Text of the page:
By Steven Goddard
The Catlin crew was picked up this week, after completing less than 50% of their planned journey to the North Pole and coming up about 500km short. Immediately upon their return, The Guardian reported
After 73 days, the Catlin Arctic Survey has come to an end. Pen Hadow’s team of British Arctic explorers have battled to the North Pole through freezing conditions collecting data about the ice en route.
This reminds me of the legend of “bringing the mountain to Mohammed.” The crew reported traveling over 400km, a non-trivial percentage of which was due to floating along with the Arctic drift. See this map of Arctic buoys and their drift patterns:
Polar drift map over the last 60 days.
Given the polar drift, one has to wonder how much ice was actually traversed, and how many measurements were taken near the same spot on the first year ice. The Catlin Crew reported
in The Telegraph :
Arctic explorer Pen Hadow has warned that the polar ice cap he has been examining to gauge the extent of climate change appears far thinner than expected after trekking more than 250 miles to the North Pole
Expedition Leader Pen Hadow revealed that initial Survey results show the average ice thickness in the region to be 1.774m.
1.774m is fairly thick for first year ice (and requires a very accurate tape measure.) They started their expedition in March on ice which NSIDC had already identified in February as first year ice – so why were they surprised to find first year ice
The NSIDC February map
showed multi-year ice as shades of red and orange, and their start point
(red dot) was more than 100km away from the edge of the multi-year ice. The crew also reported that their data is biased by a pragmatic choice of route
across flat (first year) ice.
One further consideration, when interpreting the ice thickness measurements made by the CAS team, is navigational bias. The team systematically seeks out flatter ice because it is easier to travel over and camp on.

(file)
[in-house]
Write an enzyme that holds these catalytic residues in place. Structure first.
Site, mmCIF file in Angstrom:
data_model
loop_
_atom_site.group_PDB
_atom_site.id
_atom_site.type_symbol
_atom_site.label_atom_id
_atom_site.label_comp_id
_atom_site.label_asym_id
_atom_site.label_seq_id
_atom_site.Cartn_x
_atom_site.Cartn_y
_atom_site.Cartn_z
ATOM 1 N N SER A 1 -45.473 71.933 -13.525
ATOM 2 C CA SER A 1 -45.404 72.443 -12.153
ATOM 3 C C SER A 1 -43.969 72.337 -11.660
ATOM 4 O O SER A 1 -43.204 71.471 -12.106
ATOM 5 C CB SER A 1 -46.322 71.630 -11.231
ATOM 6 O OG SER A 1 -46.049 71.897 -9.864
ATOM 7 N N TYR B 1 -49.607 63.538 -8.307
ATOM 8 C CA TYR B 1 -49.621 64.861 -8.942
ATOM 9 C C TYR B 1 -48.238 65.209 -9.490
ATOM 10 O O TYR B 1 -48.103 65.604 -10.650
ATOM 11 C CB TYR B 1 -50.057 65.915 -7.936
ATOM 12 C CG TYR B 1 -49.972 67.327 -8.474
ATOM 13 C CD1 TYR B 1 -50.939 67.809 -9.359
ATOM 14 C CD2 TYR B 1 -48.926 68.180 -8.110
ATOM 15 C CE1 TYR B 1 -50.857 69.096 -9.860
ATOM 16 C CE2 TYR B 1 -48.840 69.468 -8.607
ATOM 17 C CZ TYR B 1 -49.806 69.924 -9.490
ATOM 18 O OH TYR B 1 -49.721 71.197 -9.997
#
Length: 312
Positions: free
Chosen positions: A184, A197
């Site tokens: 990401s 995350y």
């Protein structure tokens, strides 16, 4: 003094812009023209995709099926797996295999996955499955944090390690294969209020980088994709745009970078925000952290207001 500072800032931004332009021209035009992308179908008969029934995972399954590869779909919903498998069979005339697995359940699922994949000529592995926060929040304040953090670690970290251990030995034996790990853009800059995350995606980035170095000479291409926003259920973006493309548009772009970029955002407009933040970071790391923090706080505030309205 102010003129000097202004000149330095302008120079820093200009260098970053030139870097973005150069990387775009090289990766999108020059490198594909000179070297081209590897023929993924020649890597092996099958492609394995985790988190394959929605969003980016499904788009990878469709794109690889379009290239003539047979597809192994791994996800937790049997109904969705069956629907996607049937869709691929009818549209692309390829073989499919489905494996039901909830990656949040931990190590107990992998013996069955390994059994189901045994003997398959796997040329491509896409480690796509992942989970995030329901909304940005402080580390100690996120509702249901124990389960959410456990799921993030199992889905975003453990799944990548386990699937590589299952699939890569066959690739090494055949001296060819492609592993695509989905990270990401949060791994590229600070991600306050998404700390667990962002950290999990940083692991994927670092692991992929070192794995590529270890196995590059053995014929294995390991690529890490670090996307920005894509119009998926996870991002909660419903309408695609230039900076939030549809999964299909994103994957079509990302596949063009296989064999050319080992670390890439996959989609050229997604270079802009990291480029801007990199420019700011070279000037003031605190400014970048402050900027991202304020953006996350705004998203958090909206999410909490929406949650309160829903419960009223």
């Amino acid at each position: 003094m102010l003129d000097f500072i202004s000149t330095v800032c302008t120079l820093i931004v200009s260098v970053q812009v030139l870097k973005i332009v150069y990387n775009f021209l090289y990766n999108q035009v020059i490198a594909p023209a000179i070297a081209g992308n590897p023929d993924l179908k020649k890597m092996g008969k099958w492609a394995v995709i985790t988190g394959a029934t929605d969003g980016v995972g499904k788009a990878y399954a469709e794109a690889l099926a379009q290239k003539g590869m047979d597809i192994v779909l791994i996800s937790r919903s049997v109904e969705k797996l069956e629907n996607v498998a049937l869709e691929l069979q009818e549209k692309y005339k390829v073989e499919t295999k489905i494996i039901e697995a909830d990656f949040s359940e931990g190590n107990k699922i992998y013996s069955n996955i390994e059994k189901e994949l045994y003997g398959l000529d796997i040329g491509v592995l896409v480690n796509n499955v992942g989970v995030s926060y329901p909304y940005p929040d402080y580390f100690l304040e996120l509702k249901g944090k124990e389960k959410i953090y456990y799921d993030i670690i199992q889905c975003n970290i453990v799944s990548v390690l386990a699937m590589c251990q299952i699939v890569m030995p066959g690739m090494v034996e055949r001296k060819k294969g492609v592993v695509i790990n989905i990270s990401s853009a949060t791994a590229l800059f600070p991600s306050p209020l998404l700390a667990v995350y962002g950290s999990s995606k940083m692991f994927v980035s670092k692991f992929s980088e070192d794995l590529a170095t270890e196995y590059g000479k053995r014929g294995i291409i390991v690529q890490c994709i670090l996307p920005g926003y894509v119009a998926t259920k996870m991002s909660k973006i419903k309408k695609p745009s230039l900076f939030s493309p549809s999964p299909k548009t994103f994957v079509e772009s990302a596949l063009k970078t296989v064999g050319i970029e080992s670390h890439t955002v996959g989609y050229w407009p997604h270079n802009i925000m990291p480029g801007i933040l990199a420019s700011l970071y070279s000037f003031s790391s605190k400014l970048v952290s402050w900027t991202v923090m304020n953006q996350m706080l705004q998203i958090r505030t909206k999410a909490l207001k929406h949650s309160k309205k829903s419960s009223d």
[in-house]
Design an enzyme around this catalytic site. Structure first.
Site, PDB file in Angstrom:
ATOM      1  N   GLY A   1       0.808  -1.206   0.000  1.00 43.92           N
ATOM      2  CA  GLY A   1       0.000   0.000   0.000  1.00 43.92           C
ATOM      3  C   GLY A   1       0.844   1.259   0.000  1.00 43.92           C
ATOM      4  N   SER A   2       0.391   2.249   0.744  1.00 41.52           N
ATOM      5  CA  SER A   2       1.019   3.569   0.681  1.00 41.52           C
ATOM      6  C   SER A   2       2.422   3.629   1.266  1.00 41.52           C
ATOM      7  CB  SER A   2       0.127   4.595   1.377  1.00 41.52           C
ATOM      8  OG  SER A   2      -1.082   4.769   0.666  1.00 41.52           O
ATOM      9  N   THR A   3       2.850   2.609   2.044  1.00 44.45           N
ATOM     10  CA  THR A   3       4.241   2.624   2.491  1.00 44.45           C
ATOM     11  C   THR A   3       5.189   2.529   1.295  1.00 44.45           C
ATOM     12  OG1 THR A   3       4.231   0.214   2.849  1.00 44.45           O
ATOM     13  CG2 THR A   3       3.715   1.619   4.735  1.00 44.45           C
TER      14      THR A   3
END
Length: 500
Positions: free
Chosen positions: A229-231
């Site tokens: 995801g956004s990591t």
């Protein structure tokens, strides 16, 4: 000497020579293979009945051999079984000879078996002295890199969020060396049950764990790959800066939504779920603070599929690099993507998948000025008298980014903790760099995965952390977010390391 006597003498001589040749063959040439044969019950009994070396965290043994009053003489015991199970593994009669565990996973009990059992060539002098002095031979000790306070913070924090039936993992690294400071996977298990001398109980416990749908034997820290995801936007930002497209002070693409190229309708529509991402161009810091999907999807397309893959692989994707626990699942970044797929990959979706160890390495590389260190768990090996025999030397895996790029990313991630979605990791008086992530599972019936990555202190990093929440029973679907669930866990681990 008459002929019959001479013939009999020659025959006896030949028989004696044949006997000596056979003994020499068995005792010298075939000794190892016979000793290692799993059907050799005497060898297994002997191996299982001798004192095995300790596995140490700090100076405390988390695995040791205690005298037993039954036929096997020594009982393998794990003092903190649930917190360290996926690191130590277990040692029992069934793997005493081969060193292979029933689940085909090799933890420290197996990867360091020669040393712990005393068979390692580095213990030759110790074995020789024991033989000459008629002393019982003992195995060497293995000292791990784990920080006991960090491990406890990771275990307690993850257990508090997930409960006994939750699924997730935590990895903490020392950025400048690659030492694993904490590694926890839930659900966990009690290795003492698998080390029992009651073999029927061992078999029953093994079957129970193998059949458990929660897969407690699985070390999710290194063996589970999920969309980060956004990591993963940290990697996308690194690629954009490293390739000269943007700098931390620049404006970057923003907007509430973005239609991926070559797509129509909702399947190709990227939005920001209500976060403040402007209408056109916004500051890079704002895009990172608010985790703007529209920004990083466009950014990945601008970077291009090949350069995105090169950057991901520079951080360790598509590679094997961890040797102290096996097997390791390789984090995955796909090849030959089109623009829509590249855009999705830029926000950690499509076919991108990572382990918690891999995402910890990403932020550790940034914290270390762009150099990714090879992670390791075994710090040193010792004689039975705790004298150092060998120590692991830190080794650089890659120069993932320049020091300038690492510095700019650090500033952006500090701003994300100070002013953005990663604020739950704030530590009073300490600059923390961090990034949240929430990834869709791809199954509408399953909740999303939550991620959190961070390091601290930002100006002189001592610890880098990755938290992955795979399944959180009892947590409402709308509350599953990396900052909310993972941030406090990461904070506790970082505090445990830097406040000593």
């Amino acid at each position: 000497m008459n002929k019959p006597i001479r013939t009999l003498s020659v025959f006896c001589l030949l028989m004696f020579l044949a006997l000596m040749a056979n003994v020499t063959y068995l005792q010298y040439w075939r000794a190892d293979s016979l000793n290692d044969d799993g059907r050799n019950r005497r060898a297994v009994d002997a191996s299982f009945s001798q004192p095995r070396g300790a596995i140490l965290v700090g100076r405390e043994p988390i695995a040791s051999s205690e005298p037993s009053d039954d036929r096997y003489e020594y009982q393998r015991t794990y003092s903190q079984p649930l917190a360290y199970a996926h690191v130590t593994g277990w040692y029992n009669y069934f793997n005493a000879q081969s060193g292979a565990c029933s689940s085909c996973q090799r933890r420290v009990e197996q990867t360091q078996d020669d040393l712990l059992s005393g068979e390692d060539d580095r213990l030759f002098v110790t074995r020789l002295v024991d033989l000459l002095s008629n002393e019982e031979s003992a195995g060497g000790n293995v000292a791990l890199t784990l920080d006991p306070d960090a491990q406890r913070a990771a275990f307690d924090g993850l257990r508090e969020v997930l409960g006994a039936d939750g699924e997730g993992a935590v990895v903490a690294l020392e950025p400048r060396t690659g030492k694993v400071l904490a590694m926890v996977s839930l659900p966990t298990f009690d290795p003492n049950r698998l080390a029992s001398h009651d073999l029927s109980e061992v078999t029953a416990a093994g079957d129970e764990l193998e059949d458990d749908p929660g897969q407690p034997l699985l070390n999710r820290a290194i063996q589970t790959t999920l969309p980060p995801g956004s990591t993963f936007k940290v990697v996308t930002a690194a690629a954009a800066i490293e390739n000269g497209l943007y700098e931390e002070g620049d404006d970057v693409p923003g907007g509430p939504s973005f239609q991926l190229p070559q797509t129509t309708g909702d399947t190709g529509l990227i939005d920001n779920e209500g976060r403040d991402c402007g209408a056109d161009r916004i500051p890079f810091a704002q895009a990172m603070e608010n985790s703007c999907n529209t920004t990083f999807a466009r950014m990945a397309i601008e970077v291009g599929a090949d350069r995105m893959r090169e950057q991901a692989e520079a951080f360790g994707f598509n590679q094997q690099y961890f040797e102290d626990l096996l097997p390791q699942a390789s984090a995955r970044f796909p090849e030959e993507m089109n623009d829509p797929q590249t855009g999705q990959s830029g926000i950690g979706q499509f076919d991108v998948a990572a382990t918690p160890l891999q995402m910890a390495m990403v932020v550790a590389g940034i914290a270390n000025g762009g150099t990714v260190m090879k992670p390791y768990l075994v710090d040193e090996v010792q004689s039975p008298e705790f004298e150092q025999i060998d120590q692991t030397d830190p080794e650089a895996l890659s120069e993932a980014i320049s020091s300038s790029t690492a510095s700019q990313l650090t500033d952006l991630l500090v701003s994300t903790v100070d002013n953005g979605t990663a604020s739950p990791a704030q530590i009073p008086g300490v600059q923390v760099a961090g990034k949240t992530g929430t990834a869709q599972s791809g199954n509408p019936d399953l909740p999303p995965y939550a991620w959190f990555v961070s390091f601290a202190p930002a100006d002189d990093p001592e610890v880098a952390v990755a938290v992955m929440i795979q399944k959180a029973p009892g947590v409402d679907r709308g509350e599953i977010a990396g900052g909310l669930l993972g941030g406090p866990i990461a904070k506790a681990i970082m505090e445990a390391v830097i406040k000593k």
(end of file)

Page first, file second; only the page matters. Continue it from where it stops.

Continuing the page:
According to the Catlin web site, there was plenty of second year ice – but apparently the cold weather and lack of progress kept them from reaching it. Note in the map below that second year ice (SY) is not considered multi-year (MY) ice. The AGW world has recently redefined the word “multi-year” as meaning greater than two years. (Next year it may need to be defined as greater than three years.)
In summary :
- Due to horrifically cold weather, hypothermia and frostbite, they made it less than half way to the pole.
- Some of the distance they did travel was due to polar drift. They reported crossing the 85th parallel “in their sleep.”
- They started on ice which was already known to be first year ice, yet were “surprised” to find that it was first year ice.
- They stayed on first year ice for most of the truncated journey.
- Their ice measurements tell us that the first year ice this year is fairly thick.
- Their ice measurements tell us very little or about the thickness or “health” of multi-year ice.
- They will no doubt get an invite to St. James Palace for tea with Prince Charles
May, 2009 shows the greatest ice extent in the AMSR-E record, which seems to contradict Hadow’s highly publicised remarks about Arctic ice health.